What the declining age of puberty tell us

Why starting puberty early matters.
Why starting puberty early matters. Photo: Donald Iain Smith

The average age for girls starting puberty used to be around 12. Now, it can begin at seven years old or earlier. But it hasn't always been this way.

In the mid-19th Century, the age of menarche (the first menstrual cycle) declined in European girls from 17 years of age to 13 - and it's still declining.

Experts believe this is due to increased fatty diets and stress.

Initially the declining age wasn't seen as such a bad thing.

The older age was associated with being undernourished. Meaning, the younger age was "largely due to better nutrition, hygiene and health," writes the Conversation.

The scale has tipped the other way and finding adequate nutrition has been "replaced with a new challenge": obesity. Studies suggest the epidemic could be why girls are entering puberty earlier.

Head of Clinical Obesity Research, Baker IDI Heart and Diabetes Institute John Dixon said this is because fat cells are hormonally active.

"The more fat cells you have the greater tendencies there are for estrogen like chemicals to develop early, which may be part of the reason we are seeing earlier puberty as the obesity epidemic increases," said Dixon.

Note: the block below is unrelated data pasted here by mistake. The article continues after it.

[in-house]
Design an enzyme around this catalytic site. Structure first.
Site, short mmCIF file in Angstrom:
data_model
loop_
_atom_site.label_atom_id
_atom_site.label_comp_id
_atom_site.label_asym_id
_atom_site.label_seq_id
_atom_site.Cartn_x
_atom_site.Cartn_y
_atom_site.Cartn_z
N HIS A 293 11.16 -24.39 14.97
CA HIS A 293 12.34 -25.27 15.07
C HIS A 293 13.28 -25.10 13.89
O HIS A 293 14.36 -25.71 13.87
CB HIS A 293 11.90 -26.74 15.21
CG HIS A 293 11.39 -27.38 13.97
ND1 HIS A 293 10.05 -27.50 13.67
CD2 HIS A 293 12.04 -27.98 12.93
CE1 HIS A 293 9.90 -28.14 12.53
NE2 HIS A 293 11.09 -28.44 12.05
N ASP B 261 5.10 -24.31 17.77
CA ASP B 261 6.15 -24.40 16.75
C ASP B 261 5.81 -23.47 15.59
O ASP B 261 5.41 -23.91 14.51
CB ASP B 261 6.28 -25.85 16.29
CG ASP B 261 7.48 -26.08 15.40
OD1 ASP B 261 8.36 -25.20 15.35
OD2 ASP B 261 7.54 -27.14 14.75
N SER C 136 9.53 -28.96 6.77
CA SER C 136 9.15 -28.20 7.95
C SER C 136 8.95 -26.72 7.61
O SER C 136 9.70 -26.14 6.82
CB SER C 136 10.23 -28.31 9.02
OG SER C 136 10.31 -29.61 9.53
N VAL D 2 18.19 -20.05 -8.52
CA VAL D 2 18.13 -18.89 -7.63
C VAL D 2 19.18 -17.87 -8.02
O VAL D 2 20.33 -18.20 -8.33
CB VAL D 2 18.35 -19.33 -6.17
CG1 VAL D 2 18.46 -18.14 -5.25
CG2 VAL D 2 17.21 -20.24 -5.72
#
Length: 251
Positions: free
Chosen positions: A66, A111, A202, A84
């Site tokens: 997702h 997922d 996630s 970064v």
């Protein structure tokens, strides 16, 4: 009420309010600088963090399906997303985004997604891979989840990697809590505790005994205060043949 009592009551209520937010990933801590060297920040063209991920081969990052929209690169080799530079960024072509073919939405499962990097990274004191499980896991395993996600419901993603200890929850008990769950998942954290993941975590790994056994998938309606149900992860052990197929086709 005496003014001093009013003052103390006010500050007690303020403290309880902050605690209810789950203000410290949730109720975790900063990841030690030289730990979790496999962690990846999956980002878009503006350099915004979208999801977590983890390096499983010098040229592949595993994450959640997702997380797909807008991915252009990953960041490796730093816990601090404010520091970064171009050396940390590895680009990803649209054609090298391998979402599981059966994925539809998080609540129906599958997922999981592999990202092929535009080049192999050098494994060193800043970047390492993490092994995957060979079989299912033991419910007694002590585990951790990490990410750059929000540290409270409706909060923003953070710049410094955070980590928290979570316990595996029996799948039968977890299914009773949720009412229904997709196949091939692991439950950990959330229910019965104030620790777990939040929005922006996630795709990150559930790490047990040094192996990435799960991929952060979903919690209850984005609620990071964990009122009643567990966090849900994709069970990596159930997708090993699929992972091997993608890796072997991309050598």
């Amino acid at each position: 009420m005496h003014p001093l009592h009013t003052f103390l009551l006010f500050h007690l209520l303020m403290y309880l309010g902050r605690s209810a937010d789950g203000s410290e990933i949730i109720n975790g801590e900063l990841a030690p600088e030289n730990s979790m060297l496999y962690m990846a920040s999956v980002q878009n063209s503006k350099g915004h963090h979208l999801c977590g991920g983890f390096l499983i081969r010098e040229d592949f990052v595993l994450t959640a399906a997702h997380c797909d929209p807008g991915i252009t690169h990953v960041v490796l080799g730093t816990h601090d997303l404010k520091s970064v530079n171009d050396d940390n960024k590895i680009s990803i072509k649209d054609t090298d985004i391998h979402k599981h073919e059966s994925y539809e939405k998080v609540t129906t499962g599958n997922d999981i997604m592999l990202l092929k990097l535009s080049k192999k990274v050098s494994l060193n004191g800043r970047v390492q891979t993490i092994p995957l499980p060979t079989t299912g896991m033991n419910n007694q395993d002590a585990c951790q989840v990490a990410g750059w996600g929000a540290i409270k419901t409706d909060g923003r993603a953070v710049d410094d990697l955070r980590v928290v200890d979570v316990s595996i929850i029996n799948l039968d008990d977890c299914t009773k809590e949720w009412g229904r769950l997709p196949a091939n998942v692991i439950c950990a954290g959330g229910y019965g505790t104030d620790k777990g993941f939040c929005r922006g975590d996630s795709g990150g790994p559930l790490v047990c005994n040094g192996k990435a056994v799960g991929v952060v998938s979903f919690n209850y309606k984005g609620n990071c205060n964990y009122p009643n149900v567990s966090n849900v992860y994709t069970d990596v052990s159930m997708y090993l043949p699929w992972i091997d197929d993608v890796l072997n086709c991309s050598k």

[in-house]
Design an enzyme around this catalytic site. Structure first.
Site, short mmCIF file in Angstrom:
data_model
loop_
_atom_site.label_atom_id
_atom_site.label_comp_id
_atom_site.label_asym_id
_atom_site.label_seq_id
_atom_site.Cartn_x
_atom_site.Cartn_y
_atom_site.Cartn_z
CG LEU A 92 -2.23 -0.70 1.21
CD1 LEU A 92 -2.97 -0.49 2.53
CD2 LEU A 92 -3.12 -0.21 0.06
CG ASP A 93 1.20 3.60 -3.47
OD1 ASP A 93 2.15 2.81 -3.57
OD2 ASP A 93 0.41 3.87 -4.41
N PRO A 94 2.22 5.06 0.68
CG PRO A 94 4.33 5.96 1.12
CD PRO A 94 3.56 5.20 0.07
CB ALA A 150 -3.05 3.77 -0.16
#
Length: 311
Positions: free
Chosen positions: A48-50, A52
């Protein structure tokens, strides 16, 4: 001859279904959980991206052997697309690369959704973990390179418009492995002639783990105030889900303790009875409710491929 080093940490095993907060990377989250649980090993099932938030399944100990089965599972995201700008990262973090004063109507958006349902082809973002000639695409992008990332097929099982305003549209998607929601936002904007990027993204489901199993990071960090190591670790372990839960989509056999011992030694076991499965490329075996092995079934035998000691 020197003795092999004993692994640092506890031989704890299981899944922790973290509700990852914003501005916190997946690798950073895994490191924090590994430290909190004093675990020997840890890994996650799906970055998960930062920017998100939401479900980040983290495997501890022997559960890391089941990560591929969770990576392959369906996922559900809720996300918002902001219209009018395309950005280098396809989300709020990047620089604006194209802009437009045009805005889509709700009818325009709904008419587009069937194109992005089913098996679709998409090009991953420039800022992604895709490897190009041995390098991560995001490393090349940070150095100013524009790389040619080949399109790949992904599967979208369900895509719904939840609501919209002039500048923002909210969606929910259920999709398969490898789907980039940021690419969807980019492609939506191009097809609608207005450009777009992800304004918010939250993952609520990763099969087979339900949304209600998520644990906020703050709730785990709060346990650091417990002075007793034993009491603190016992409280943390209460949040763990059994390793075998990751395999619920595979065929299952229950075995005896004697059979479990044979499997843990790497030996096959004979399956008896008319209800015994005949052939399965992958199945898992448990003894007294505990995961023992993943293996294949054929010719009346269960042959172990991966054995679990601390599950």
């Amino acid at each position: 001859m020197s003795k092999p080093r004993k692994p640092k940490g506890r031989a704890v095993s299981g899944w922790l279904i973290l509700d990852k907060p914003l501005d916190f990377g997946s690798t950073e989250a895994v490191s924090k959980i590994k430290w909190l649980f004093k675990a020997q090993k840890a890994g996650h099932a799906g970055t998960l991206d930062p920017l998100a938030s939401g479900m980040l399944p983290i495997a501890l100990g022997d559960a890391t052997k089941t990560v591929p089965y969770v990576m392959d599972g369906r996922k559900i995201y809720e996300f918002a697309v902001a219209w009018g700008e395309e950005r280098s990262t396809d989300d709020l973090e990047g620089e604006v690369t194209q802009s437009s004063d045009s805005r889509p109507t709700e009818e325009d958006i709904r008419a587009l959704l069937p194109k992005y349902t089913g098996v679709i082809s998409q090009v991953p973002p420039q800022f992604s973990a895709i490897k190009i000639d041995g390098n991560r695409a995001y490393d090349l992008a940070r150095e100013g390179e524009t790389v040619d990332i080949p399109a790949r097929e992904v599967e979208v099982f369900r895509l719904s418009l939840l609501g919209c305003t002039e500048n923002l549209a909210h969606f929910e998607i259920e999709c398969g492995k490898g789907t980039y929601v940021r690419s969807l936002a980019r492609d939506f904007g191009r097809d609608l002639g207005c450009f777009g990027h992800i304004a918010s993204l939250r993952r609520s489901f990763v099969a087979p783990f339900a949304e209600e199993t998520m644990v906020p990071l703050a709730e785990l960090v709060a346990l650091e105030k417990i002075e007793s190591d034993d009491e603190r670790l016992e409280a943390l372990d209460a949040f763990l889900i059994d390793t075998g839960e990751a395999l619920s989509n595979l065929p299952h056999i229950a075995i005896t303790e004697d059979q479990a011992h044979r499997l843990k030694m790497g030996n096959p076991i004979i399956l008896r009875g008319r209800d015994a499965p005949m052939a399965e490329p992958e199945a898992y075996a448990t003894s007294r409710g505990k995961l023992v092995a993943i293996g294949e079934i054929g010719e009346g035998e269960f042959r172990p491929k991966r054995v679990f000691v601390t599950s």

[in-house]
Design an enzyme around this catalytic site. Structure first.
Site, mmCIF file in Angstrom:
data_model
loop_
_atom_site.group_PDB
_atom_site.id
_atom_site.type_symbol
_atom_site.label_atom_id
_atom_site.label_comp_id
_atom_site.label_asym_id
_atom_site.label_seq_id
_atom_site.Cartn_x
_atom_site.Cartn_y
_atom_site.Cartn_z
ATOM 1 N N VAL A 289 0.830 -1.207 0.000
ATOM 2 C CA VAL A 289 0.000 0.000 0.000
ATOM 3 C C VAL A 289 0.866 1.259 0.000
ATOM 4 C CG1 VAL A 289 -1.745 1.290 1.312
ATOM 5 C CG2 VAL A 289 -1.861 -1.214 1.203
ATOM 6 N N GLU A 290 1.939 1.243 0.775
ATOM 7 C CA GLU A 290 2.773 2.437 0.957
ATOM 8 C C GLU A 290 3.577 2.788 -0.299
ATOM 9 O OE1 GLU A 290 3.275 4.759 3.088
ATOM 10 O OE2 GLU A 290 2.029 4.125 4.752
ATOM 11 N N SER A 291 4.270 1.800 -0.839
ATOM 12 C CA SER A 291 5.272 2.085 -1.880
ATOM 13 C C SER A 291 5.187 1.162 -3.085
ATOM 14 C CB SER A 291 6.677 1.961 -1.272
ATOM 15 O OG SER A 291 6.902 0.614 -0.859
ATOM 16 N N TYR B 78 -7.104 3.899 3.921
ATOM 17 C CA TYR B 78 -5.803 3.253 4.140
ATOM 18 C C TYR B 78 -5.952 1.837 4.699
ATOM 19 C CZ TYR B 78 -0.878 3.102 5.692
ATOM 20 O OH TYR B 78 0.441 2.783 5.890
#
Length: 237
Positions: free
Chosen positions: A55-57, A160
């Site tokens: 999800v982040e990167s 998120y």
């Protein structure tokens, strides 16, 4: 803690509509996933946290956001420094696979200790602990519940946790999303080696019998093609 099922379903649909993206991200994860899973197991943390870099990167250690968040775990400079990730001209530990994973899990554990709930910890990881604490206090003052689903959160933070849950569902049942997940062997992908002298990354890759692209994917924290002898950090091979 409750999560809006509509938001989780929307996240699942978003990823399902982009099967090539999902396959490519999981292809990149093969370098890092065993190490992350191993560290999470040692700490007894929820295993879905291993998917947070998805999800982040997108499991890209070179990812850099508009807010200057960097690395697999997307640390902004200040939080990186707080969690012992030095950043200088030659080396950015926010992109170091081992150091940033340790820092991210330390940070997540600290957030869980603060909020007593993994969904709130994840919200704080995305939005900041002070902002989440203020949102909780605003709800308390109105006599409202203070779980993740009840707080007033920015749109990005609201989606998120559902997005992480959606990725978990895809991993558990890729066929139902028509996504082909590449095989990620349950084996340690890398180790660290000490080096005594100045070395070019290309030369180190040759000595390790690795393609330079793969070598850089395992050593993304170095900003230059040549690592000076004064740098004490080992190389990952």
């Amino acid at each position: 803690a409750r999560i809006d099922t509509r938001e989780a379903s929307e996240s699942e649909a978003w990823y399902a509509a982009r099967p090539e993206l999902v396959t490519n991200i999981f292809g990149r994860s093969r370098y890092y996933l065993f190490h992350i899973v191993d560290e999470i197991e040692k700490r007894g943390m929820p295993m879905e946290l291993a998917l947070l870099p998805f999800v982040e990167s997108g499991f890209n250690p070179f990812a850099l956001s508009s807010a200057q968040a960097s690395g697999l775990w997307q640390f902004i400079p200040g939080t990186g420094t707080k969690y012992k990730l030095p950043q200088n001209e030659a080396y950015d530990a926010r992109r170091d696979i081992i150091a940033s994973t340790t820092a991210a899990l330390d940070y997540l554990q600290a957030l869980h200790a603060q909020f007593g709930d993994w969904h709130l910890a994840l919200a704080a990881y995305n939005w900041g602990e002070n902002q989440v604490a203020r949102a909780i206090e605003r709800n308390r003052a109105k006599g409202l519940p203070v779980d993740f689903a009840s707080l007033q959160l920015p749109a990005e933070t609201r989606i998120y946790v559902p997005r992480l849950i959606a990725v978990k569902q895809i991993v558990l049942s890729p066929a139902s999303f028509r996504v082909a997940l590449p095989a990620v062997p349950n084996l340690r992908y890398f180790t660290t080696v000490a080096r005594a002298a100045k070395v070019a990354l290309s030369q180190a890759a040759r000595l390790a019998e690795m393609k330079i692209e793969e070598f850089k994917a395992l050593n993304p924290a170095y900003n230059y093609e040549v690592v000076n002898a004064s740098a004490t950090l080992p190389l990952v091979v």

A child starting puberty at a young age, being forced to grow up before they are ready can be very damaging mentally and physically.


"From depression to eating disorders to all the problems that come from being viewed as a sex object while still a little girl," reports Fusion.

"But on top of the psychological and social challenges, getting your period young is associated with a slew of health risks. Notably, research suggests that women who go through menarche early are more likely to develop breast cancer, diabetes, and cardiovascular disease. All of these correlations are currently being explored," writes Taryn Hillan.

However, weight gain does not explain everything.

"First of all we don't understand why puberty is earlier in the community generally but we equally don't understand what is driving this obesity epidemic," said Dixon.

"And it is quite likely that there are common elements to the interaction between the environment and the condition that's occurring."

There is a causal link between early periods and obesity because of the hormones but Dixon says, " these two problems could be driven by the same issues in our environment which we have not sorted out."

"Early puberty in girls is telling us there's something wrong but we need to actually look more openly and intelligently at what's going on."